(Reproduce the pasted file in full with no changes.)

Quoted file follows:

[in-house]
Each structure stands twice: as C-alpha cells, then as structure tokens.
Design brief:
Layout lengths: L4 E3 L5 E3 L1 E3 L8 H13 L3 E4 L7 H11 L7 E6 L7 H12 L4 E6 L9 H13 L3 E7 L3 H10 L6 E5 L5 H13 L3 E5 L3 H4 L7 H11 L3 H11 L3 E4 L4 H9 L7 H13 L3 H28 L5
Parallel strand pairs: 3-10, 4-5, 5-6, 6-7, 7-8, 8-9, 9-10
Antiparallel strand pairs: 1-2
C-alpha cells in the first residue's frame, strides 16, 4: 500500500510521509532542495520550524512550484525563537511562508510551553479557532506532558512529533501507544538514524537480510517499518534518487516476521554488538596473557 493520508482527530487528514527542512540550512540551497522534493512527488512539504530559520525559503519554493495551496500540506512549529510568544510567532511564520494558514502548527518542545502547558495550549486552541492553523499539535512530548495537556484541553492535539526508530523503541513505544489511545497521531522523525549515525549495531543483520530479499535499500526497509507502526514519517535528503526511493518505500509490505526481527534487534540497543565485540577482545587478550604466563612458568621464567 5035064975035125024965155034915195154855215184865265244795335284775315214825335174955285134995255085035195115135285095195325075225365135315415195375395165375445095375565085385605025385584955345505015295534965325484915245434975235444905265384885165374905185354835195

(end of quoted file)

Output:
[in-house]
Each structure stands twice: as C-alpha cells, then as structure tokens.
Design brief:
Layout lengths: L4 E3 L5 E3 L1 E3 L8 H13 L3 E4 L7 H11 L7 E6 L7 H12 L4 E6 L9 H13 L3 E7 L3 H10 L6 E5 L5 H13 L3 E5 L3 H4 L7 H11 L3 H11 L3 E4 L4 H9 L7 H13 L3 H28 L5
Parallel strand pairs: 3-10, 4-5, 5-6, 6-7, 7-8, 8-9, 9-10
Antiparallel strand pairs: 1-2
C-alpha cells in the first residue's frame, strides 16, 4: 500500500510521509532542495520550524512550484525563537511562508510551553479557532506532558512529533501507544538514524537480510517499518534518487516476521554488538596473557 493520508482527530487528514527542512540550512540551497522534493512527488512539504530559520525559503519554493495551496500540506512549529510568544510567532511564520494558514502548527518542545502547558495550549486552541492553523499539535512530548495537556484541553492535539526508530523503541513505544489511545497521531522523525549515525549495531543483520530479499535499500526497509507502526514519517535528503526511493518505500509490505526481527534487534540497543565485540577482545587478550604466563612458568621464567 5035064975035125024965155034915195154855215184865265244795335284775315214825335174955285134995255085035195115135285095195325075225365135315415195375395165375445095375565085385605025385584955345505015295534965325484915245434975235444905265384885165374905185354835195